One of the survey’s more intriguing revelations concerns those sectors outside their own where marketers would most like to work. The leisure and hospitality sector tops the rankings by a long way, with 43% of the survey’s respondents choosing this area. This is somewhat unexpected as brand building for bingo halls, pub chains and budget hotel groups is hardly at the cutting edge of modern marketing techniques. It is, however, an area of massive expansion, so it is perhaps a common sense choice.

The second most popular sector to work in is packaged goods with 33% of “mentions”. Charity is on 26%, followed by automotive, retail and then television. Perhaps surprisingly, new media comes a long way down the list, with just 12% of mentions.

It should be said that our study has unearthed an element of self-deception among marketers about what motivates their choices of preferred employer. Ask them what they are seeking from a new job and you will get all manner of laudable responses such as “career development”, “a good salary” and “job security”.

More Than Just a Career
Delve a little deeper, however, and a contrasting picture emerges. As Phil Redwood, director of Fusion Communications which conducted the study, observes: “When you ask what’s important to people in companies they want to work for, they give straight, worthy answers. But when you go through the process and ask which companies and why, they say it is because they are high-profile and prestigious brands. It is more about the sexy side of the brands than the career prospects.”

This can be seen by comparing answers to the question: “How important are the following in your choice of which company to work for?” (see page 30) and “Which qualities do you associate with the company you would most like to work for?” (see page 33). In the first chart, career development is cited as most important while in the second, the high profile and prestige of the company emerge as vital.

No Contest
When the respondents were asked to name a number of companies they would like to work for, some 1,760 names were suggested. Of the thousands of suggestions, Virgin was named by 248 respondents, while Innocent got 134 mentions. The fruit drink brand has risen up the ranking from last year, powering to second position from sixth last time, knocking both Tesco and Sony out of the way. At the same time, the BBC has done surprisingly well, rising from 15th-most favoured employer to fifth. This is somewhat remarkable considering the deep cuts that have been made to its marketing department. Perhaps the BBC’s high score is connected to some of the new promotions created under marketing director Tim Davie.

Alternatively, it may be testament to the increased profile of media brands all round. •Sky has appeared for the first time – in 19th place – which could be linked to its rapid expansion into broadband and the growth of its Sky Plus personal video recorder. Other media brands to excel are Google and Microsoft, which have both been propelled up the league table.

A more specific and perhaps vital question was also asked, and gave similar – though not identical – results. Which single company would marketers like to work for out of the ones they had already mentioned? Here, Nike does particularly well, coming third after Virgin and Innocent. Some take it as read that male marketers aspire to work for sports brands, while women tend to favour jobs in personal care or fashion.

Pulling Power
Tesco, though slightly lower than in last year’s poll, still exerts a strong draw on marketers. Maybe the high-profile departure of marketing director Tim Mason to head the chain’s US operation this year has weakened its magnetic pull. But it is still considered to be a cutting-edge marketing organisation. The segmentation and targeting it achieves through Clubcard makes it a highly attractive training ground for marketers.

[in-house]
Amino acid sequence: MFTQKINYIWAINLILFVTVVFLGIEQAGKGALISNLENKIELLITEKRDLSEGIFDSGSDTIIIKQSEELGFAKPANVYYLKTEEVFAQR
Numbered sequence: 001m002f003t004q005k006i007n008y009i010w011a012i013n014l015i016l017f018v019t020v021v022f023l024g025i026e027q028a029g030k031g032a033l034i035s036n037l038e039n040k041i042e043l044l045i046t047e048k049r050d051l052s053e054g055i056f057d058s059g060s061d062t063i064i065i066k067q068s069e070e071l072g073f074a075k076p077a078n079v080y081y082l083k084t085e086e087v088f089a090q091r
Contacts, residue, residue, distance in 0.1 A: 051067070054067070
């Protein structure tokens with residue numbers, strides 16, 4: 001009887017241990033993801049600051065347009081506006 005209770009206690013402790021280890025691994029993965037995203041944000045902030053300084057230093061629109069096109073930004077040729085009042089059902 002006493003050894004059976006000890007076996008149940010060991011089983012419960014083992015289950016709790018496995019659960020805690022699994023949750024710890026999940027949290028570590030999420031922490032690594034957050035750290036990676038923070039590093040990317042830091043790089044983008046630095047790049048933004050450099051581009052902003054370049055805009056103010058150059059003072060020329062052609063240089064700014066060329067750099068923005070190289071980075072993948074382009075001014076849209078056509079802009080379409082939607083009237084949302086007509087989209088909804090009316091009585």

Close behind, Sony continues as a beacon for marketers in consumer electronics. This is testament as much to the revival plan put in place by Sir Howard Stringer as to its presence in some of the more desirable areas of technology.

The turnarounds at Marks & Spencer and Sainsbury’s have also helped improve their positions in the league table. Staying in the retail sector, John Lewis Partnership and its supermarket chain Waitrose have also improved their performances.

What emerges repeatedly as the key consideration is the extent to which marketers can take ownership of projects and get their ideas listened to. Car manufacturer BMW achieves the highest position among auto companies, in tenth place. A spokesman says this is probably because there is scope for creativity in marketing that may be lacking in other companies. “It is a company that is not hierarchical – in the sense that you can’t express your mind. Your ideas might get taken on board,” he adds. “It is not a question of serving your time: in design there are guys in their 20s who are really senior.”

One significant and rather surprising finding was the comparatively low importance marketers attach to corporate responsibility (CSR). When asked what is “very important” in choice of company, CSR came 15th in the ranking. That said, it gained the highest score for being “quite important”. One wonders, however, whether this is merely lip service at a time when CSR is generally being promoted as a “core” value.

When prompted, 29% of responses cited commitment to responsible practices as something they associated with the company they most wanted to work for.

All That Glisters…
Overall, the survey is sobering reading for those brands that do not operate in the public eye. As Paul Sykes, director of marketing business in the South for Michael Page, says: “How do those without high-profile brands attract the people they need? We recruitment consultants need to spend time discussing what candidates are seeking and use our knowledge to ensure people are considering all the opportunities in the market.” He says it is down to recruitment consultants to point out to candidates the advantages to their careers that can come from working for brands which may be less famous, but offer greater opportunities for advancement.

But it will be a hard sell to persuade marketers to forget their ambitions of working in celebrated companies with exciting approaches to marketing in favour of somewhere a little more serious, whatever salary it offers.